The end of the year gives us a great opportunity to reflect on the year that will soon be behind us, and recognize the efforts we put in making ourselves, and the world a better place in our own humble ways. At Brainpreneurs we have had a year of great learning, helping us become better at what we do.
We carried our several events, webinars, and activities throughout the year to encourage conversations, and initiate a sense of acceptance around tabooed ideas and worked towards innovative forms of communication in a year that once again forced us to find newer ways to navigate through life amidst the ongoing pandemic.
A healthy mental health opens up fascinating avenues for us as individuals. And yet, despite a growing understanding of the importance of mental health, it continues to be neglected in front of other concerns that confound us as individuals, and as a community.
As individuals became isolated indoors, there was a void that turned mental health into a more hostile entity. This made a conversation around the importance of mental health pertinent like never before. To further the conversation, and normalization of mental health issues we carried out several events throughout the year.
I Love My Therapist
One of the most exciting activities that we carried out this year was the ‘I Love My Therapist’ campaign. This involved people coming out with their experiences with mental health, and how a therapist helped them in dealing with a particular situation in a better, holistic, and a healthier way.
The idea was to not just reiterate the importance of seeking therapy, but to also convey to people how seeking solace in a professional therapist is the right call to make. With multiple people coming out with their experiences, the activity involved a great bond of trust between people, and was carried out healthily, and hopefully allowed people to make peace with the idea of a therapist as a normalized reality towards a healthy life.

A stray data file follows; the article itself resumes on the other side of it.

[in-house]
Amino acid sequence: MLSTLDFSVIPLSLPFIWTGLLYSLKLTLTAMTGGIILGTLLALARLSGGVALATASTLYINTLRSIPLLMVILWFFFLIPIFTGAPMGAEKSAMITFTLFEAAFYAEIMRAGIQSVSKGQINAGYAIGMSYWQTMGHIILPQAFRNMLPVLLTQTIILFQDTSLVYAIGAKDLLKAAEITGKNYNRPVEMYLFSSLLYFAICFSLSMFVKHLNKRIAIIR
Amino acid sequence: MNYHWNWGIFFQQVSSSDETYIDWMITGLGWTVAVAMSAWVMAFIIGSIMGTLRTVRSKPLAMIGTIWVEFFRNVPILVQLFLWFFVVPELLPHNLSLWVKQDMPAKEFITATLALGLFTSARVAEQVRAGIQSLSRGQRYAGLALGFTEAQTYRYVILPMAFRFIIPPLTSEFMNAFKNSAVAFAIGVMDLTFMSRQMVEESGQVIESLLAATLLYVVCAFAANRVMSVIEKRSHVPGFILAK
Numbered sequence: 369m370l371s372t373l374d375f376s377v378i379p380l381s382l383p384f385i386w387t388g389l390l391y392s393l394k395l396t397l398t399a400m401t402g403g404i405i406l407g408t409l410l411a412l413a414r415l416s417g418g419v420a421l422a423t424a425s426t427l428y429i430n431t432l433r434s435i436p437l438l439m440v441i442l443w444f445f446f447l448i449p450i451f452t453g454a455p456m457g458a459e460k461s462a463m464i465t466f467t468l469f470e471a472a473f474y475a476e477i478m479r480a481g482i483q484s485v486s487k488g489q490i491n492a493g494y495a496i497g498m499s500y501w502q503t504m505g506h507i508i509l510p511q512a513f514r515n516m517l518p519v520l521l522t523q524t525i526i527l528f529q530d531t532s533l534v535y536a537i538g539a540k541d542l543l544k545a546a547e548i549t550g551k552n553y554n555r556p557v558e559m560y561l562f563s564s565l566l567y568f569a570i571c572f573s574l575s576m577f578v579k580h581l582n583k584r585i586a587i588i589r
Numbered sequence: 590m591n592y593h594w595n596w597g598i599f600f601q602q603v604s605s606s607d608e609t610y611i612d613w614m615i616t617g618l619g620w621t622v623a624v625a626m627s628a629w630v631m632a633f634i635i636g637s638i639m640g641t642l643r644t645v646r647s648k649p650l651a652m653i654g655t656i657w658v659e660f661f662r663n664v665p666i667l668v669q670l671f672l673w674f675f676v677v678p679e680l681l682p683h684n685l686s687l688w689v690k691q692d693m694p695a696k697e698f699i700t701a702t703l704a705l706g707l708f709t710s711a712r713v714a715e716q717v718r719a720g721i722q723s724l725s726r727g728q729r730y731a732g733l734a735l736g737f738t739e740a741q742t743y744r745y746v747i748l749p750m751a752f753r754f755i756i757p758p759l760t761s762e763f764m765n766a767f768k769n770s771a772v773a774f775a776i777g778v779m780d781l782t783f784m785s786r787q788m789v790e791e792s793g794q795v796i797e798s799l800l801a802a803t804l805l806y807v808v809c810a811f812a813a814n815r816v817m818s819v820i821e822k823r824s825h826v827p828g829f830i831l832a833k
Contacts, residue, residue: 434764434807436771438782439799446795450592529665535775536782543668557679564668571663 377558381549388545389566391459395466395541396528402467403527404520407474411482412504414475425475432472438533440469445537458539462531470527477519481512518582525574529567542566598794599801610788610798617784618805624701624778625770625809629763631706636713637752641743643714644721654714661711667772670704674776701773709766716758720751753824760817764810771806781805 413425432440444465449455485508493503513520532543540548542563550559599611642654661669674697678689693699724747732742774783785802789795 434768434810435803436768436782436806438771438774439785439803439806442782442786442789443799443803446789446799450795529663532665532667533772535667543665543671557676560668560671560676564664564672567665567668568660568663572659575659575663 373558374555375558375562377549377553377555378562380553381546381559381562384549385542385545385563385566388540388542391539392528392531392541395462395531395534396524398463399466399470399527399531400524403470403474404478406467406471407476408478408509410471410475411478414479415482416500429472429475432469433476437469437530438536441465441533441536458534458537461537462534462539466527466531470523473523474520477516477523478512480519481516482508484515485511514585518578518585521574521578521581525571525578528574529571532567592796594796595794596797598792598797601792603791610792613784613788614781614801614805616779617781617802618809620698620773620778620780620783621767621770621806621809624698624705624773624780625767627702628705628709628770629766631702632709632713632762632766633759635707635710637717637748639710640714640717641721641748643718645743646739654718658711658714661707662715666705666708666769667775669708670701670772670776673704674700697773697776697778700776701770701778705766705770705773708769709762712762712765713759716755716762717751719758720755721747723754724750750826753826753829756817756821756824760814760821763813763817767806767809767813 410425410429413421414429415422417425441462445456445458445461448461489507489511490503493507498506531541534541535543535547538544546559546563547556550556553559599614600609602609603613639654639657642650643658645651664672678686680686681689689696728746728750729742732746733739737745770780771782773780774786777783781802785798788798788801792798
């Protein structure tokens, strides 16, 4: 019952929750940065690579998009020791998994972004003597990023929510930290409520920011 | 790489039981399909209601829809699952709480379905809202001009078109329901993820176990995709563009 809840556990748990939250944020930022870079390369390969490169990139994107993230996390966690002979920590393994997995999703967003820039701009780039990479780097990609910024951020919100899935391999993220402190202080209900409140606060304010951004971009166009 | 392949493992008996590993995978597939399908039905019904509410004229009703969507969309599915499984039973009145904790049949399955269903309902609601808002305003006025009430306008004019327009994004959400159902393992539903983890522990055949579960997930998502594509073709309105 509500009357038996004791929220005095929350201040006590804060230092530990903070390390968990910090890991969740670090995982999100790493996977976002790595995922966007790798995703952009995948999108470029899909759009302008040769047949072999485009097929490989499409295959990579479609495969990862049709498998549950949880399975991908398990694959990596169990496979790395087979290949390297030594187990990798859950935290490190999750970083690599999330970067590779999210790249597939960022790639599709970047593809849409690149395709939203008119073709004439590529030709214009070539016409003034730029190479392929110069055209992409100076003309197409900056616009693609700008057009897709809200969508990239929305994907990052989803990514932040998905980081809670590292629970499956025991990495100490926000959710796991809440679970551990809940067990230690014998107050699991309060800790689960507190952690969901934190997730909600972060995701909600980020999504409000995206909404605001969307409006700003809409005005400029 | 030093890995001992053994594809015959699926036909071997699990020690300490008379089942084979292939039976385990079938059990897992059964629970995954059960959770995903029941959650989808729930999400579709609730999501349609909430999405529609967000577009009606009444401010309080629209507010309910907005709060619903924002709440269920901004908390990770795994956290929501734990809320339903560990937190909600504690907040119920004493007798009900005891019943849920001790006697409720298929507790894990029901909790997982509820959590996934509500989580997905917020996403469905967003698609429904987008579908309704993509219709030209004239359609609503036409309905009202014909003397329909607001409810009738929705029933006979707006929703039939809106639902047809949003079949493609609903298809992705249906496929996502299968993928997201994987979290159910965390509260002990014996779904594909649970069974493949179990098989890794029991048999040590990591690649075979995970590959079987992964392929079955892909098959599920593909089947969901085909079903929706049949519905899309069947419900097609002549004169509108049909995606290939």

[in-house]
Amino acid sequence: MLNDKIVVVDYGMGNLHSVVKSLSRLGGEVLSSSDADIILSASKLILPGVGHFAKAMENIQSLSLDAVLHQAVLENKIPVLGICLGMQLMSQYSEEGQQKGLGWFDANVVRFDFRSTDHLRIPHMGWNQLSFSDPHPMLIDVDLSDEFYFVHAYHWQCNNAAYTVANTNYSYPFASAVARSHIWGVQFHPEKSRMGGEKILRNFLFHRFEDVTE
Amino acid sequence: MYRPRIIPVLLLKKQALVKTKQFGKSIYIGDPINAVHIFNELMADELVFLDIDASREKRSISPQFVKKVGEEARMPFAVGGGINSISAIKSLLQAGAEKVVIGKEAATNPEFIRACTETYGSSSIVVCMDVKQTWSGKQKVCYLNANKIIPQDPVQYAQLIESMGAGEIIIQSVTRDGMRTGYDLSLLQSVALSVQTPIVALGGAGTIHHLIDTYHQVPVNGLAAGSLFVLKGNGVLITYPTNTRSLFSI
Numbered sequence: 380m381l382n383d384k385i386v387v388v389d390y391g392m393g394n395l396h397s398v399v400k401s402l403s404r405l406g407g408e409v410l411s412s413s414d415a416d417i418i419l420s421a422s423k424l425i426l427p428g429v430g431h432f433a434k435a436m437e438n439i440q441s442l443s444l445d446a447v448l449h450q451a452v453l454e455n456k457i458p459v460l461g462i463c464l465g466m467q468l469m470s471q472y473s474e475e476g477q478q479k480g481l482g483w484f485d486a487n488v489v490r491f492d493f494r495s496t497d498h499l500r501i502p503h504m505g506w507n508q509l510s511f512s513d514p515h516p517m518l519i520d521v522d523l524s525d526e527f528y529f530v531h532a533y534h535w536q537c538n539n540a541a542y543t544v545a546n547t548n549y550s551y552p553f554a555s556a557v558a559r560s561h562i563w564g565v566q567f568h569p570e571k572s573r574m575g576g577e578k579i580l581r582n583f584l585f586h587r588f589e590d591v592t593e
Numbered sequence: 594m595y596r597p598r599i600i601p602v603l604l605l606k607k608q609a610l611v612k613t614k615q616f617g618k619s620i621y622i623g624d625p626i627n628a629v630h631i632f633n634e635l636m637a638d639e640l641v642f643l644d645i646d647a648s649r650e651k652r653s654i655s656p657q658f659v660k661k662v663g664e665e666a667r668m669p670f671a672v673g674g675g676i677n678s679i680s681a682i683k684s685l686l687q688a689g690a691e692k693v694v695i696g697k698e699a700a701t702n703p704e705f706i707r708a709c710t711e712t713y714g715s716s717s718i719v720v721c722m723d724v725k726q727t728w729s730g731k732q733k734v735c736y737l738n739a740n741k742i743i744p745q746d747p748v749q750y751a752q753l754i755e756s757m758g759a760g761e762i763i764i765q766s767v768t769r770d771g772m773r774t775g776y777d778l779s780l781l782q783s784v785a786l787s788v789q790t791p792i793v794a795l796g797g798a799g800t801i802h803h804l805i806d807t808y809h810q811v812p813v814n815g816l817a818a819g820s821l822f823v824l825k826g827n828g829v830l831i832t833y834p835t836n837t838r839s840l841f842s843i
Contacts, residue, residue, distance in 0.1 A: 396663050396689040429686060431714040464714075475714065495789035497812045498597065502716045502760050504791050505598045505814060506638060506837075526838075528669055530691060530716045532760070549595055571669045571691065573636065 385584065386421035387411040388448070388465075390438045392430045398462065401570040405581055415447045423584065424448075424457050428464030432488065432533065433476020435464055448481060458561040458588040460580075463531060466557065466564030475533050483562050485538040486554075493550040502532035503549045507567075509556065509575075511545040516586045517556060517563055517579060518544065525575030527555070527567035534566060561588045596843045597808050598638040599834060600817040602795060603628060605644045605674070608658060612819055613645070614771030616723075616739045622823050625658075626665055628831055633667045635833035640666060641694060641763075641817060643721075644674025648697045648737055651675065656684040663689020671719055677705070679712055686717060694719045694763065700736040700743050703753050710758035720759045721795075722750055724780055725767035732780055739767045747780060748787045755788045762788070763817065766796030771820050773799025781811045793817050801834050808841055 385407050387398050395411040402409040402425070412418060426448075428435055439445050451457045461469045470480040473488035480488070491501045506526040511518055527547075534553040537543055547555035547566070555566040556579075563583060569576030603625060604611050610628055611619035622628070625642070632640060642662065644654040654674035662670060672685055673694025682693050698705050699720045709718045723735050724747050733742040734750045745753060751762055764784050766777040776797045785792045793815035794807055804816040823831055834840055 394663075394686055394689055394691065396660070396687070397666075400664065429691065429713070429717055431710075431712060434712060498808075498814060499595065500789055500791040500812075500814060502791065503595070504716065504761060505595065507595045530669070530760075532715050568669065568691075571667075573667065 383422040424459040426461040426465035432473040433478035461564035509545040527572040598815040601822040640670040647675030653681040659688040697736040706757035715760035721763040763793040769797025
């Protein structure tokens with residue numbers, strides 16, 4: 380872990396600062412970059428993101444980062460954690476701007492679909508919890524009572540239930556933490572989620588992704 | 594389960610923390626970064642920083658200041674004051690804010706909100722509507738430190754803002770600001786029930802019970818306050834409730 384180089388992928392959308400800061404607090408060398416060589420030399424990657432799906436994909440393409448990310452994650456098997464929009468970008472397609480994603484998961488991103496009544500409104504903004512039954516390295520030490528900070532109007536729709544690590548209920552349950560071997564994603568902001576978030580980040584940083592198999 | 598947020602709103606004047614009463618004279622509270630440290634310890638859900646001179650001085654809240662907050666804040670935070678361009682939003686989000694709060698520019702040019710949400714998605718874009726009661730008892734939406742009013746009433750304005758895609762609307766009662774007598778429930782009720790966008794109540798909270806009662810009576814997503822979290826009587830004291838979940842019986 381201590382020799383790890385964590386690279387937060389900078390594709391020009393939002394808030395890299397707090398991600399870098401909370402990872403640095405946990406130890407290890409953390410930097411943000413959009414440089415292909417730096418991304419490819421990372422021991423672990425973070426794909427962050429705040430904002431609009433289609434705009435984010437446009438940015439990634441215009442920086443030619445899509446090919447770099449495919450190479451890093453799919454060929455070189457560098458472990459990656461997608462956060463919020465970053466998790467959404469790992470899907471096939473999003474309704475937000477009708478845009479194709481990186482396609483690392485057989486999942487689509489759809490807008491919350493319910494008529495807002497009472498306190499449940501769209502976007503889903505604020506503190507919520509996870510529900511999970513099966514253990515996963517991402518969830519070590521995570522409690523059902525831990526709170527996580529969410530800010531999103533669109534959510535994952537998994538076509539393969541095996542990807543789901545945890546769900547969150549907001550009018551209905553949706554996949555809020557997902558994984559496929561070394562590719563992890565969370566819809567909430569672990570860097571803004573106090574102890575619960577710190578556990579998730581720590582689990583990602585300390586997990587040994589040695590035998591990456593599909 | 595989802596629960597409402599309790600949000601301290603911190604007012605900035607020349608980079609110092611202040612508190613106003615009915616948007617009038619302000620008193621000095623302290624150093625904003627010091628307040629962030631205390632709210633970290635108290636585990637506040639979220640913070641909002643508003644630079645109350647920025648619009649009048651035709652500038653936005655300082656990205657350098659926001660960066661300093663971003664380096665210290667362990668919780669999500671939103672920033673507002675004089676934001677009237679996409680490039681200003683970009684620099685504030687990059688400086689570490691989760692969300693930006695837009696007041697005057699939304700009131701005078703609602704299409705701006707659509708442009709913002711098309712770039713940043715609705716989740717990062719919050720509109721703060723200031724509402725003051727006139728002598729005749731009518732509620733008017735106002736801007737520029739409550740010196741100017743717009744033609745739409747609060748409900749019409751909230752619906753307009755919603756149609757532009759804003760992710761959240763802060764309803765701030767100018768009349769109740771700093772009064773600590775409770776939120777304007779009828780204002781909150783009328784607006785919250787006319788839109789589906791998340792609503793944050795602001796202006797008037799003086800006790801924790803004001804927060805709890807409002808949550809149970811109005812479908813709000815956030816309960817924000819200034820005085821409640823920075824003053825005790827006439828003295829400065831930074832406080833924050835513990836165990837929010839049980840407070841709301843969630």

Women’s Day – On the occasion of Women’s Day, we conducted an event themed around mental health. We asked women from different walks of life to come and share their varied life experiences, and opened a space for them to speak about their experiences with mental health over the years.
The endeavor here was to not just give women a platform – an opportunity – to open up about their tryst with mental health, but also present these women with a diverse range of individuals, and make them see mental health issues as a far more common idea than it is often understood to be. The event not only celebrated women, and womanhood, but also the importance of individuals giving words and perspective to their mental health, hopefully making some more comfortable with the acceptance of it in some way.
Workshop on Self-Care – In April we organized an online workshop on self-care. With Dr. Razdan as the chief speaker. With Covid cases spiking, we designed the workshop around the importance of self-care and building positivity.
With the idea of isolation lurking around again, the need to speak about positivity, and self-care became important. This workshop saw Dr. Razdan graciously talking about the importance of looking after oneself, something that we are never taught to do when growing up. Further, the workshop shed light on the value that could be added to a person’s life if they try to build an atmosphere of positivity around them, and encourage those around to do the same.
Continuing our efforts to discuss mental health during the peak of the pandemic, ‘Rising Above Ourselves’ campaign that was conducted in May discussed mental health in the wake of the second wave. The objective here was to discuss how one can look after their mental health while being in the unfamiliar, uncomfortable reality of a pandemic at its worst.
This included understanding the socio-psychological impact that the wave was having on individuals. To better understand the ill effects of the pandemic on individuals, we had medical experts – doctors, and psychologists – in our panel to make the journey of interrogating mental health amidst the pandemic easier.
When talking about neurodiversity, the impetus is not just to understand the idea, and see neurodiverse people academically, but with the sensitivity and empathy of a human being. This became our primary concern as we tried to interrogate through getting a clearer understanding of neurodiversity.